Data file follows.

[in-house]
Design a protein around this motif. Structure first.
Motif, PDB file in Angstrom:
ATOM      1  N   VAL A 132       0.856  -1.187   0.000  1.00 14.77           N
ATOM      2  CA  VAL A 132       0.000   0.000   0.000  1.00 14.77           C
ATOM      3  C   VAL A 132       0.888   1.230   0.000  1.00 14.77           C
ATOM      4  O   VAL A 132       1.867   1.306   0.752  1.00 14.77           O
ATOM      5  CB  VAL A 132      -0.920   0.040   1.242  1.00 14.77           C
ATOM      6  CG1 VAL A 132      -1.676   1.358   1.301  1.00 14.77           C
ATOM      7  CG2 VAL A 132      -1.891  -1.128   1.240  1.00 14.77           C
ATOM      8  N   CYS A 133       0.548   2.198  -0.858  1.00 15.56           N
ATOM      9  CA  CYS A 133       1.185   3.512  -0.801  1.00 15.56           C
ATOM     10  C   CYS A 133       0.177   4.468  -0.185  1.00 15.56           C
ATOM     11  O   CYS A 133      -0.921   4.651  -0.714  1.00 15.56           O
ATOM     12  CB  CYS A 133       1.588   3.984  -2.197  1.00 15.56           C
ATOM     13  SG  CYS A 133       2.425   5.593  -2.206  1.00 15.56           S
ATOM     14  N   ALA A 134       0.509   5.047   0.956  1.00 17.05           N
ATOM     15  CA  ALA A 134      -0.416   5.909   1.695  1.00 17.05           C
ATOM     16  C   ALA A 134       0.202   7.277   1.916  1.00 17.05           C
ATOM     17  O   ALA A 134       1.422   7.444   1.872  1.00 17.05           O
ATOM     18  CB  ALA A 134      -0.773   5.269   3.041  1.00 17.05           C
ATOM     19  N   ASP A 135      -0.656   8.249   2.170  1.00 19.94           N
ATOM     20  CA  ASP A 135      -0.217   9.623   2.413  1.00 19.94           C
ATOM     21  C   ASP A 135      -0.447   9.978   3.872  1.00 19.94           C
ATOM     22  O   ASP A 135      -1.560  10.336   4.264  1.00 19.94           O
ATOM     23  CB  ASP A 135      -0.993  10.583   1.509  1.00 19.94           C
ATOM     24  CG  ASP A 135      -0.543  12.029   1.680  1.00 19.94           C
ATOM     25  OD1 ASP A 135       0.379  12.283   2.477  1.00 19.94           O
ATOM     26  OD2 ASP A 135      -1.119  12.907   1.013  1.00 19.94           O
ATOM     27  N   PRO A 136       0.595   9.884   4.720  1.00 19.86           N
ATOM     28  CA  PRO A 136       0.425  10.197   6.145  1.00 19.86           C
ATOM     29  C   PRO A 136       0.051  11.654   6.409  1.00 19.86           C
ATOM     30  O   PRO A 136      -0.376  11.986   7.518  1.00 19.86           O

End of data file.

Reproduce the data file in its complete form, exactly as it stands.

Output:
[in-house]
Design a protein around this motif. Structure first.
Motif, PDB file in Angstrom:
ATOM      1  N   VAL A 132       0.856  -1.187   0.000  1.00 14.77           N
ATOM      2  CA  VAL A 132       0.000   0.000   0.000  1.00 14.77           C
ATOM      3  C   VAL A 132       0.888   1.230   0.000  1.00 14.77           C
ATOM      4  O   VAL A 132       1.867   1.306   0.752  1.00 14.77           O
ATOM      5  CB  VAL A 132      -0.920   0.040   1.242  1.00 14.77           C
ATOM      6  CG1 VAL A 132      -1.676   1.358   1.301  1.00 14.77           C
ATOM      7  CG2 VAL A 132      -1.891  -1.128   1.240  1.00 14.77           C
ATOM      8  N   CYS A 133       0.548   2.198  -0.858  1.00 15.56           N
ATOM      9  CA  CYS A 133       1.185   3.512  -0.801  1.00 15.56           C
ATOM     10  C   CYS A 133       0.177   4.468  -0.185  1.00 15.56           C
ATOM     11  O   CYS A 133      -0.921   4.651  -0.714  1.00 15.56           O
ATOM     12  CB  CYS A 133       1.588   3.984  -2.197  1.00 15.56           C
ATOM     13  SG  CYS A 133       2.425   5.593  -2.206  1.00 15.56           S
ATOM     14  N   ALA A 134       0.509   5.047   0.956  1.00 17.05           N
ATOM     15  CA  ALA A 134      -0.416   5.909   1.695  1.00 17.05           C
ATOM     16  C   ALA A 134       0.202   7.277   1.916  1.00 17.05           C
ATOM     17  O   ALA A 134       1.422   7.444   1.872  1.00 17.05           O
ATOM     18  CB  ALA A 134      -0.773   5.269   3.041  1.00 17.05           C
ATOM     19  N   ASP A 135      -0.656   8.249   2.170  1.00 19.94           N
ATOM     20  CA  ASP A 135      -0.217   9.623   2.413  1.00 19.94           C
ATOM     21  C   ASP A 135      -0.447   9.978   3.872  1.00 19.94           C
ATOM     22  O   ASP A 135      -1.560  10.336   4.264  1.00 19.94           O
ATOM     23  CB  ASP A 135      -0.993  10.583   1.509  1.00 19.94           C
ATOM     24  CG  ASP A 135      -0.543  12.029   1.680  1.00 19.94           C
ATOM     25  OD1 ASP A 135       0.379  12.283   2.477  1.00 19.94           O
ATOM     26  OD2 ASP A 135      -1.119  12.907   1.013  1.00 19.94           O
ATOM     27  N   PRO A 136       0.595   9.884   4.720  1.00 19.86           N
ATOM     28  CA  PRO A 136       0.425  10.197   6.145  1.00 19.86           C
ATOM     29  C   PRO A 136       0.051  11.654   6.409  1.00 19.86           C
ATOM     30  O   PRO A 136      -0.376  11.986   7.518  1.00 19.86           O